5. ’You are a bit of all right, old chap’ – Who is the speaker? Who has been referred to as ‘old chap’? What picture of the person’s character here spoken to is revealed in this line? [1+1+3 = 5]
Answer: The mirror of a first-class waiting room in a railway platform is the speaker.
Sir Mohan Lal has been referred to as ‘old chap’.
Sir Mohan Lal looked at himself in the mirror of a first-class waiting compartment and grieved for the wretched condition of it. He was confident that it was made in India like other things in the country, inefficient, dirty, and indifferent. But he considered himself distinguished, efficient, and handsome. His moustache was neatly trimmed. He looked perfect in his suit from Savill Row, aroma of eau de cologne, talcum powder, and scented soap. The imaginary conversation with the mirror reflected Sir Mohan Lal’s thoughts and character i.e. he wanted to copy Englishmen and hated his country and countrymen. His shining exterior stands in sharp contrast with his hollow interior.
6. ‘He was dismayed’ – Who was he? When was he dismayed and why? What did he do then? [1+2+2 = 5]
Answer: Sir Mohan Lal was dismayed.
When he entered the first-class compartment of the train and found it empty, he was dismayed.
He was dismayed because he was expecting some fellow Englishmen with whom he could have an impressive conversation.
He was frustrated and with a sigh he sat down in a corner beside the window. Then he opened the copy of The Times which he had read several times before. He looked out of the window to see if he could invite any English gentleman in the coupe with whom he could relive the good old days of his life.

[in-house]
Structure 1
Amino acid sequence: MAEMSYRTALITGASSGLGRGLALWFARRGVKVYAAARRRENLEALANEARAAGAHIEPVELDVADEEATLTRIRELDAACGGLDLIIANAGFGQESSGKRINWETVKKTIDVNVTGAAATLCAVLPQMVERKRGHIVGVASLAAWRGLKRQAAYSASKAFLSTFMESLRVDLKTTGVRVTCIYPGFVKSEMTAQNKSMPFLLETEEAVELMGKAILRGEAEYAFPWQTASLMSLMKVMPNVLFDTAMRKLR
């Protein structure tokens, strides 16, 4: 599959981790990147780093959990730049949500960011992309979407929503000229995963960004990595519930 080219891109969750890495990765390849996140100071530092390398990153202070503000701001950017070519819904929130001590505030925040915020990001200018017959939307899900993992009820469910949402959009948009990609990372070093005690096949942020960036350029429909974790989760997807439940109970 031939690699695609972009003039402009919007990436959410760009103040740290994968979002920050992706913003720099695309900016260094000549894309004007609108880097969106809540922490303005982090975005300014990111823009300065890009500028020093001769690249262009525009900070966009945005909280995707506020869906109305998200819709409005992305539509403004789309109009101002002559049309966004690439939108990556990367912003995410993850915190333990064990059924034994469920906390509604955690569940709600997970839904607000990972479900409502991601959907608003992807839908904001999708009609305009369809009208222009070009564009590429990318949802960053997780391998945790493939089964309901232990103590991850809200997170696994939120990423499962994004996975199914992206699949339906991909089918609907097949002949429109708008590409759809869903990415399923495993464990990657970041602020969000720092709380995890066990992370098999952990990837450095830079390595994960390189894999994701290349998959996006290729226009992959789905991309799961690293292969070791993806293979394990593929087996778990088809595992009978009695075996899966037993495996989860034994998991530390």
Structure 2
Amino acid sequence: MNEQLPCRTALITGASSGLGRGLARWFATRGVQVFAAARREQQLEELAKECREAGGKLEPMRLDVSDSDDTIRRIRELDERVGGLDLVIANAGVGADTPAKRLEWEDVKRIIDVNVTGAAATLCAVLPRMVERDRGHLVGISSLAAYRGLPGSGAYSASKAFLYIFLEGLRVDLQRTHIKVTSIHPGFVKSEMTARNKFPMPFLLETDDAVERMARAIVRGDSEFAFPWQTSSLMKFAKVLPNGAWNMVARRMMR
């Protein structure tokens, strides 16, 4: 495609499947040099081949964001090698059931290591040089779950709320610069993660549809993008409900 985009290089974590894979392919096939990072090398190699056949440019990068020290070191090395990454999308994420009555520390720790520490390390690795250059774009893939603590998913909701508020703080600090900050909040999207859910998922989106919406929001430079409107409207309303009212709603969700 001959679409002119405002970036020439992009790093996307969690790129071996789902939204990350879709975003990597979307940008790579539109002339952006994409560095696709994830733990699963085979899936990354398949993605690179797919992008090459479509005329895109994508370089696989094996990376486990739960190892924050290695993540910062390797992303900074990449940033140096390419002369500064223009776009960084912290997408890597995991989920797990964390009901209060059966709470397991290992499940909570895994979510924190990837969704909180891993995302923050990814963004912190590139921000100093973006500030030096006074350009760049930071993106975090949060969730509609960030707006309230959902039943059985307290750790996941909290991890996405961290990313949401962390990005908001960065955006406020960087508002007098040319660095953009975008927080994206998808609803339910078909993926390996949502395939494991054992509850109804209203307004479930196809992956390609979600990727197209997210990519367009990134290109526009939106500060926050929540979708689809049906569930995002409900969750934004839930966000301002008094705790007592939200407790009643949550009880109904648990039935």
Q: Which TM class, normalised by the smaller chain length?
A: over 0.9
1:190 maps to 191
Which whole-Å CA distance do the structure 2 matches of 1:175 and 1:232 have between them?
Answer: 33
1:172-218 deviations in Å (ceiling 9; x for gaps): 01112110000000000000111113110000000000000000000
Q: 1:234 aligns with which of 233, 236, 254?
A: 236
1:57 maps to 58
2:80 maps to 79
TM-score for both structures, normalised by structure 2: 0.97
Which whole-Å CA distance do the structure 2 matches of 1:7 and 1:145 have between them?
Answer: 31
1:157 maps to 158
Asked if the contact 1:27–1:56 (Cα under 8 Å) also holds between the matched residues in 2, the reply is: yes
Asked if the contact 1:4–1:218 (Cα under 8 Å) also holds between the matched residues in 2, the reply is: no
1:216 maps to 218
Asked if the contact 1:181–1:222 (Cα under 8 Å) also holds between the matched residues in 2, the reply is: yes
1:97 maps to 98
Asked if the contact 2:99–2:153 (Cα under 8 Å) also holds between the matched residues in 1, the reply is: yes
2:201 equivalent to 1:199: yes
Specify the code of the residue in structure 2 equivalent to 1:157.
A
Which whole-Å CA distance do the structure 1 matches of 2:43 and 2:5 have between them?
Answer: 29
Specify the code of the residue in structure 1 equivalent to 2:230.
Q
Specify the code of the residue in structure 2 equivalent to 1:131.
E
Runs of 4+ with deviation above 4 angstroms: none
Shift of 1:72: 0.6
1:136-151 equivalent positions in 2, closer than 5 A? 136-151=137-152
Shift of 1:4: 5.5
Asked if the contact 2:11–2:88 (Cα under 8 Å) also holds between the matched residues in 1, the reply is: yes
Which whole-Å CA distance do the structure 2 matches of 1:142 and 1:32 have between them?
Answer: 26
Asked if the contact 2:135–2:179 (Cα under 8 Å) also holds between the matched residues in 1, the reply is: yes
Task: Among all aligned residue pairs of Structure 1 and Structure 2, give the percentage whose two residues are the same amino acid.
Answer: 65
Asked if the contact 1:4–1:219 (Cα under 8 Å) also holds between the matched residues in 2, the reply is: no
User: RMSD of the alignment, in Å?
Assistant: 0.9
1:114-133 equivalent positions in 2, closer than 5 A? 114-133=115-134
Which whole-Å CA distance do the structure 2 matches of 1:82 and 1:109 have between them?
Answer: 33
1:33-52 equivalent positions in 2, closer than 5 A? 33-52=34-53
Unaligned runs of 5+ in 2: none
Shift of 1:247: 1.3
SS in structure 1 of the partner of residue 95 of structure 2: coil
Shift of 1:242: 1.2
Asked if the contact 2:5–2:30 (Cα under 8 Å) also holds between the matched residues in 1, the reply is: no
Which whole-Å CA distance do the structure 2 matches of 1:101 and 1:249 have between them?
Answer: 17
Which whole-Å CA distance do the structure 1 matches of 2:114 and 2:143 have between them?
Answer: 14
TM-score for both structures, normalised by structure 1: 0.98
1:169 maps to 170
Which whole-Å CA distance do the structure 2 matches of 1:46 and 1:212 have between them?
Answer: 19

7. How did Sir Mohan Lal feel when he saw two Englishmen coming towards his coupe? 
Answer: Sir Mohan Lal felt delighted when he saw two Englishmen coming towards his coupe. He had always been a great admirer of English culture and language. He felt himself as not less than an Englishman. When he saw the compartment empty, he was disappointed. Now his face lit up to see the two English soldiers. He decided to welcome them cordially. He knew that they were entitled to travel only in the second class but he decided to talk with the guard on behalf of the two soldiers to get his consent and accomodate them into his compartment.
8. ‘Preposterous, preposterous! he shouted’ – Who shouted and why? What was the result? [1+1+3 = 5]
Answer: Sir Mohan Lal shouted at the two English soldiers.
When Jim and Bill, the English soldiers flung his suitcase, thermos flask, briefcase, bedding, and The Times one after another on the platform, Sir Mohan Lal could not hold his calm and he shouted at them.
When Sir Mohan Lal threatened to have them arrested in his Oxford accent, they paused for a moment. But the next moment, they ordered him to keep his mouth shut and struck him flat on the face. Finally, they caught Sir Mohan’s arms and threw him out of the train.